Sausage Party screened during San Diego Comic-Con this year. Seth Rogen and Evan Goldberg co-wrote the raunchy animated comedy about supermarket food that dreams of being taken home by a customer. Once purchased, the food panics that they are being eaten. Rogen was at a press conference for his AMC series Preacher and discussed the mashup of genres in Sausage Party, although he corrected me when I suggested it blended R-rated comedy with the animation genre. Read More »
With two episodes left in its first season — and now only one as of publication — Preacher came to San Diego Comic-Con. The cast and creators of the show gave a press conference, where Seth Rogen and Evan Goldberg dodged questions about the finale or second season with jokes. They did reveal some noteworthy behind-the-scenes stories though, particularly that a frequent collaborator of theirs was once considered for the lead role of Jesse Custer.
“We had a nice conversation with James Franco at one point,” Goldberg said. “He looks very Jesse-ish. He was into it but just literally he has to make 4,000 things in 20 different formats. It would take up his time and he wouldn’t be able to do a Tori Spelling movie or whatever the hell he was going to do.” Read More »
Posted on Wednesday, June 29th, 2016 by Angie Han
Jesse Custer may not be a very good preacher, or even a very good person, but for the past several weeks he’s been one hell of a reason to look forward to Sundays. And AMC wants to make sure you keep coming back to that little church in Annville. As Preacher passes the halfway mark of its first season, AMC has renewed it for an expanded second season, to consist of 13 episodes. Read More »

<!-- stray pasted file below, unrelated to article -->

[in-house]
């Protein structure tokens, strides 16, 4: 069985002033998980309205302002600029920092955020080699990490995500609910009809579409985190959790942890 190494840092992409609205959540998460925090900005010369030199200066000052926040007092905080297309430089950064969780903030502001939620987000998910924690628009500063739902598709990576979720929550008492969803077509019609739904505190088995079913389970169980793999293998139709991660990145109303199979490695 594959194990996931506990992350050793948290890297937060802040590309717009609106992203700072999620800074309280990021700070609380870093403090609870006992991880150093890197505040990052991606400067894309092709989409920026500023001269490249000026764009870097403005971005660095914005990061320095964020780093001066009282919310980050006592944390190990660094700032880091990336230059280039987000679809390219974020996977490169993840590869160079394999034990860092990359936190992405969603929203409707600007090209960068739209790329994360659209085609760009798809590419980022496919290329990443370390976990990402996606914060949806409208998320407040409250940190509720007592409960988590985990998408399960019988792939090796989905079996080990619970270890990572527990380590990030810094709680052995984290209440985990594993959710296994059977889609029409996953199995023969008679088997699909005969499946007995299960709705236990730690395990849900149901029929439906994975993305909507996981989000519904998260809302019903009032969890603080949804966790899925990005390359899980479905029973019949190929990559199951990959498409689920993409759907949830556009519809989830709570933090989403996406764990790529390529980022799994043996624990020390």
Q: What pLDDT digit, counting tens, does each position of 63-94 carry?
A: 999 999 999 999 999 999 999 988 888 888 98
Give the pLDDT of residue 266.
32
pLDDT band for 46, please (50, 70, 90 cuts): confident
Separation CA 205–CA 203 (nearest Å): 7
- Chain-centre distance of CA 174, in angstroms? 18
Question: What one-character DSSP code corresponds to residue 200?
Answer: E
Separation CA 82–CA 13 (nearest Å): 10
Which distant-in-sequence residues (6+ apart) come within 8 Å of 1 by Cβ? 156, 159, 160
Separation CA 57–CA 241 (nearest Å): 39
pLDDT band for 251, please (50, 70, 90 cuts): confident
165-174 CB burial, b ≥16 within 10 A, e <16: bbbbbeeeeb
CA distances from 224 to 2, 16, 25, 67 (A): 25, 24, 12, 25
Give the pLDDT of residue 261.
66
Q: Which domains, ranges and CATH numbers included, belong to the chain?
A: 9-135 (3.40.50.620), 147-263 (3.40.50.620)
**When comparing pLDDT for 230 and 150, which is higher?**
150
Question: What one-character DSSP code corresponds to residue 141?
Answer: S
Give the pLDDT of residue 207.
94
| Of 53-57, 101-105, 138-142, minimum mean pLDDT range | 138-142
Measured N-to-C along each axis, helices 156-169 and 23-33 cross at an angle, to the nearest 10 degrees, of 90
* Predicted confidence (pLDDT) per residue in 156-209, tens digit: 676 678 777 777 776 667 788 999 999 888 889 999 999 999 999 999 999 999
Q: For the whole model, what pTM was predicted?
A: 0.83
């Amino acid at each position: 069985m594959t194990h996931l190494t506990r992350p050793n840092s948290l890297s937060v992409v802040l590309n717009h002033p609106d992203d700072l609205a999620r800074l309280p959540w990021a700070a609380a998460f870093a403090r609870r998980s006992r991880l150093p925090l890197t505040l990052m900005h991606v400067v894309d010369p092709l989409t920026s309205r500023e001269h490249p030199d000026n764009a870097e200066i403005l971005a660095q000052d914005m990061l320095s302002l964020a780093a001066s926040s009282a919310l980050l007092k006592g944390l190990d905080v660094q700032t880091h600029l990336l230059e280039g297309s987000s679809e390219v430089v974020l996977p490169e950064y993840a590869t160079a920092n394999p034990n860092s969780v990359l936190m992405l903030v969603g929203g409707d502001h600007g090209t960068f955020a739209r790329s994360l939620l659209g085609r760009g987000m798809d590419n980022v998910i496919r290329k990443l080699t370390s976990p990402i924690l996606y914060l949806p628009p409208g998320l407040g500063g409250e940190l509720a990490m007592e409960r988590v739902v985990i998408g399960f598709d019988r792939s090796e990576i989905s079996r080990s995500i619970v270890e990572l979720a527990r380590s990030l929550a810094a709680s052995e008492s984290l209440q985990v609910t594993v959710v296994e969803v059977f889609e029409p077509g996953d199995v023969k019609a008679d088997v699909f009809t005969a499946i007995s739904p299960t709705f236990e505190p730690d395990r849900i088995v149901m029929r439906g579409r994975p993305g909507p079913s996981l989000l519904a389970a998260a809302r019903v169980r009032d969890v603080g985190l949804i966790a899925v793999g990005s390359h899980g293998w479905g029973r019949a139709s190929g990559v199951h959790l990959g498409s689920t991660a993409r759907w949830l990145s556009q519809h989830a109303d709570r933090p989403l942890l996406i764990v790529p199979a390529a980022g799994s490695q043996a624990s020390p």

The Toy Box is a weekly feature at /Film that will round up some of the newest and coolest collectibles, decorations, gadgets and other memorabilia that you nerds might want for your shelves.
This week we’ve got some new Star Trek goodies for the 50th anniversary, including a new Barbie doll set and an exclusive bobbelhead diorama coming to San Diego Comic-Con. In addition, there’s a great new Bill and Ted’s Excellent Adventure movie set that comes with an action figure of George Carlin as Rufus, new Funko POP Vinyls for Power Rangers and Preacher, and a few new Star Wars items, including a couple featuring BB-8.
See all that and more in The Toy Box after the jump.
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“We were very concerned about our budget on this show, and how good our visual effects would be,” co-director and executive producer Seth Rogen says at the start of the Preacher audio commentary, as he discusses the opening scene set in space. “We said, ‘Let’s not even try to make it look like good visual effects; let’s make it look like visual effects from 1967, so this is what we came up with.” Only days after the series’ excellent pilot aired, Rogen and co-director Evan Goldberg‘s commentary for the Preacher pilot–which performed well in the ratings Sunday night–has been made available online.
Learn a few facts from the Preacher audio commentary below
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The Toy Box is a new weekly feature at /Film that will round up some of the newest and coolest collectibles, decorations, gadgets and other memorabilia that you nerds might want for your shelves.